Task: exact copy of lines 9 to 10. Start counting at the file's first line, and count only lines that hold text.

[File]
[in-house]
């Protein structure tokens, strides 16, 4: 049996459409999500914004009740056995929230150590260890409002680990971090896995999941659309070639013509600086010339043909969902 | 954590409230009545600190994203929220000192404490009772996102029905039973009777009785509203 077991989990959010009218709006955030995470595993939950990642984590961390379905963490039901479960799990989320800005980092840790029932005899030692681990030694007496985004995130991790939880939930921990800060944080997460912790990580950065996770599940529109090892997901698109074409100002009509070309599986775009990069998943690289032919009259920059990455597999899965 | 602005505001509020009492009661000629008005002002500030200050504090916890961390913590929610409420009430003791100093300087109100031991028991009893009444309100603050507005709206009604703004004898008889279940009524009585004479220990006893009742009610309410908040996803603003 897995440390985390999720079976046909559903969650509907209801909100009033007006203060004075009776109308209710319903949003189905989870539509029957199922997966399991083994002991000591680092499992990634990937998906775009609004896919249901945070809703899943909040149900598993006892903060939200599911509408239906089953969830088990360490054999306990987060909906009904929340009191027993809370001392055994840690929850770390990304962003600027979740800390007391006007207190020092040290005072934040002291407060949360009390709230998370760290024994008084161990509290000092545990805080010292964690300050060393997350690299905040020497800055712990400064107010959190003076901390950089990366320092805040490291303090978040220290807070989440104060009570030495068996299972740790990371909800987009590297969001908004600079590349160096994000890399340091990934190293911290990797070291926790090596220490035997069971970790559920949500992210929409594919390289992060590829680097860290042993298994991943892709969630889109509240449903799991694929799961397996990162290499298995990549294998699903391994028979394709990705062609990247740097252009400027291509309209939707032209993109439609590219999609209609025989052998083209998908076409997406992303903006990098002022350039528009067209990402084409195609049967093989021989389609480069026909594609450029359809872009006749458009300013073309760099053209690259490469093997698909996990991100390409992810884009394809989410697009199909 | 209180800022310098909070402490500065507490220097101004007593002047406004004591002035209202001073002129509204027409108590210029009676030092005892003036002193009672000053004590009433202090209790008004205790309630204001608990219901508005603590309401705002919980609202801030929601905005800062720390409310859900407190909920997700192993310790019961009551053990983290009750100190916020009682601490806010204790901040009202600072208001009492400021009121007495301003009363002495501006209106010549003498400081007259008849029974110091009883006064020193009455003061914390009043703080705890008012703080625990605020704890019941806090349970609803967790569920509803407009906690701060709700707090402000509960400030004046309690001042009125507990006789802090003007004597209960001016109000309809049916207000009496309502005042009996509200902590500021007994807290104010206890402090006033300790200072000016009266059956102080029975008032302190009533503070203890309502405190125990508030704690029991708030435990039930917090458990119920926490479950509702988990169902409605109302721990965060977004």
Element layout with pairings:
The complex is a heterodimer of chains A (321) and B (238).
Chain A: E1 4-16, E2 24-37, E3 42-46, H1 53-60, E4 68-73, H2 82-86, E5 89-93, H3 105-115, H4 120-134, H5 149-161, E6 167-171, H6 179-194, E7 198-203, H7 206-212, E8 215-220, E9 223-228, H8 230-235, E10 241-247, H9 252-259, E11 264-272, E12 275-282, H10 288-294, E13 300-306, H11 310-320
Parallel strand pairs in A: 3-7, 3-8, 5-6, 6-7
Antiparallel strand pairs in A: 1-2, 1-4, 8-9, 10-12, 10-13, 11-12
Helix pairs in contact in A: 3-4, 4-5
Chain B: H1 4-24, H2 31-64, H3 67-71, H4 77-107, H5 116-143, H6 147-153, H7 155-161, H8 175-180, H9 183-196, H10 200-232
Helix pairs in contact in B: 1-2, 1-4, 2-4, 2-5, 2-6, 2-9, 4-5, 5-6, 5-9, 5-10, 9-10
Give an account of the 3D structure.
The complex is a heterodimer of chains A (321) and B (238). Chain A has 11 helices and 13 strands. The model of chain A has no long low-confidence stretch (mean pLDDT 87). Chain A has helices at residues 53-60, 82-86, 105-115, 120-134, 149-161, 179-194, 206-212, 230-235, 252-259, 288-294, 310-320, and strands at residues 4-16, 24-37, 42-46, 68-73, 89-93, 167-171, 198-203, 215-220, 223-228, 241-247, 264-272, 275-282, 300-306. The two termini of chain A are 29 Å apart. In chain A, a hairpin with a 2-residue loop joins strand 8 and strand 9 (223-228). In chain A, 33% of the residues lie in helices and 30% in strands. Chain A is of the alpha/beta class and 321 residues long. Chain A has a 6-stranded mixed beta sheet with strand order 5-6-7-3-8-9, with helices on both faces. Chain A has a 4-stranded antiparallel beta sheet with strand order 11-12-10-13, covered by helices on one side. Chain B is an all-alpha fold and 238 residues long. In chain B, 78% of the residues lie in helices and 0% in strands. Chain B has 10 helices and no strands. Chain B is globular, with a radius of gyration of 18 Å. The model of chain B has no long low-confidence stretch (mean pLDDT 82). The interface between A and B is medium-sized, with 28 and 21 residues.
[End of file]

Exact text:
Chain B: H1 4-24, H2 31-64, H3 67-71, H4 77-107, H5 116-143, H6 147-153, H7 155-161, H8 175-180, H9 183-196, H10 200-232
Helix pairs in contact in B: 1-2, 1-4, 2-4, 2-5, 2-6, 2-9, 4-5, 5-6, 5-9, 5-10, 9-10